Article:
Hotel Business Review: Week of Aug 24, 2015

Larry  Mogelonsky
  • Food & Beverage
  • Indigenous Foods: The Pinnacle of Locavore
  • Now that the locavore movement has become mainstream, locally sourced foods at restaurants have shifted from a value-add to an expectation for consumers. As such, to impress guests, more must be done in this regard. Indigenous ingredient sourcing offers one such solution as it serves to deliver as authentically local a dining experience as possible. Although not practical in all situations, the sourcing of foods that are native to a region can act as a clear point of differentiation to help grow a property’s F&B revenues. Read on...

Simon Hudson
  • Guest Service / Customer Experience Mgmt
  • Hotels Respond to Blurring of Business and Leisure Travel
  • The lines between business and leisure travel are becoming increasingly blurred. Fueled by the proliferation of mobile devices and the ability to stay connected, over half of business travelers now extend their business trips into leisure trips. This presents new opportunities for hotels, but they need to configure their services to be flexible. Conference and meeting planners also have to be cognizant of these changes, ensuring that they incorporate an element of leisure when they plan their meetings. This article will focus on hotels around the world that are responding to the blurring of business and leisure travel. Read on...

Marcus  Nicolls
  • Guest Service / Customer Experience Mgmt
  • A Wake Up Call for Greater Employee Engagement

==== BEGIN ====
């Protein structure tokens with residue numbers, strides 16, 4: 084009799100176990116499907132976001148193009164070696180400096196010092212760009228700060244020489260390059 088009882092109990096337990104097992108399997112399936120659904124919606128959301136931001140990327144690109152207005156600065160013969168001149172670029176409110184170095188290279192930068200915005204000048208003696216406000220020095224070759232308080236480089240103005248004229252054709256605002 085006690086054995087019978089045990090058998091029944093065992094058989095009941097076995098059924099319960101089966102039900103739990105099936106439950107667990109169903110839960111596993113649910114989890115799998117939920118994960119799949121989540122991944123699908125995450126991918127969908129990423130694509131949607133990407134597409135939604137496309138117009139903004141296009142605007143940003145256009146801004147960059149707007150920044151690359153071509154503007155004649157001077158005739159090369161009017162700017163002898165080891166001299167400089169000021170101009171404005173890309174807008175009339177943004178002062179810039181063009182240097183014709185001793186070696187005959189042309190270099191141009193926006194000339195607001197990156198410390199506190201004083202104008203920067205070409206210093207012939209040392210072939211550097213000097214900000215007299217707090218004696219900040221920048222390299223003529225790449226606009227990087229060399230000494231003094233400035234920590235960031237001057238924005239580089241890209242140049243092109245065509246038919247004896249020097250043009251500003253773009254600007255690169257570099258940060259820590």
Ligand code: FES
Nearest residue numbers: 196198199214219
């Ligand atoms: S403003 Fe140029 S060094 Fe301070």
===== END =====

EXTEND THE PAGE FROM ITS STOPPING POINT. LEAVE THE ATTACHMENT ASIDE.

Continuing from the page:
• Too many leaders rush to the idea that just one more perk, one more raise or one more break-room game table would boost employee engagement. This thinking is flawed—that “more” might produce a bump in engagement scores. Reality check, here. These quick-hit, feel-good tactics do not produce long-term, sustainable engagement. With the latest Gallup data revealing that employee engagement scores are currently less than 32%—worse still, nearly 1 in 5 acknowledge that they are “actively disengaged”—there has never been greater urgency and need for leaders everywhere to think and act differently in order to engage their people. As a leader in the hospitality industry, what are your plans to stir up positive employee engagement in your organization? Read on...

Dawn Miller Sander
  • Human Resources, Recruitment & Training
  • Empowering You and Your Staff to Remain CALM. Anytime, Anywhere...
  • We have all been in a situation that called upon us to provide excellent guest service while our mind is distracted with other issues. Maybe our emotions are high because of the tiff we had with our spouse or we are distracted by the interdepartmental battle that is brewing or we are devastated by a loss in our personal lives. How are we to honor our commitment to excellent customer service amidst the storm of emotions battling in our mind? In this article, HotelExecutive readers will learn how to remain calm amidst any storm and maintain focus on providing the best to guests, employees, friends and family. Read on...

AUGUST: Food and Beverage: Going Local

Gabriele Kurz

I fondly remember my grandfather’s very own vegetable patch where he meticulously grew, besides other delicious contributions to the family kitchen, exactly 31 chive plants. Why 31 you ask? Well, my grandfather was neither a restaurateur nor had many hungry eaters in our family he simply was a gourmand hence very particular when it came to fresh produce, quality and taste. Subsequently, one organically grown chive plant to harvest each day of the month was what he wanted to satisfy his quality requirements. Nothing could compete with the crisp taste of these freshly harvested chives of ours taken straight from the garden to the dish without having ever seen a refrigerator. Read on...

David  Garcelon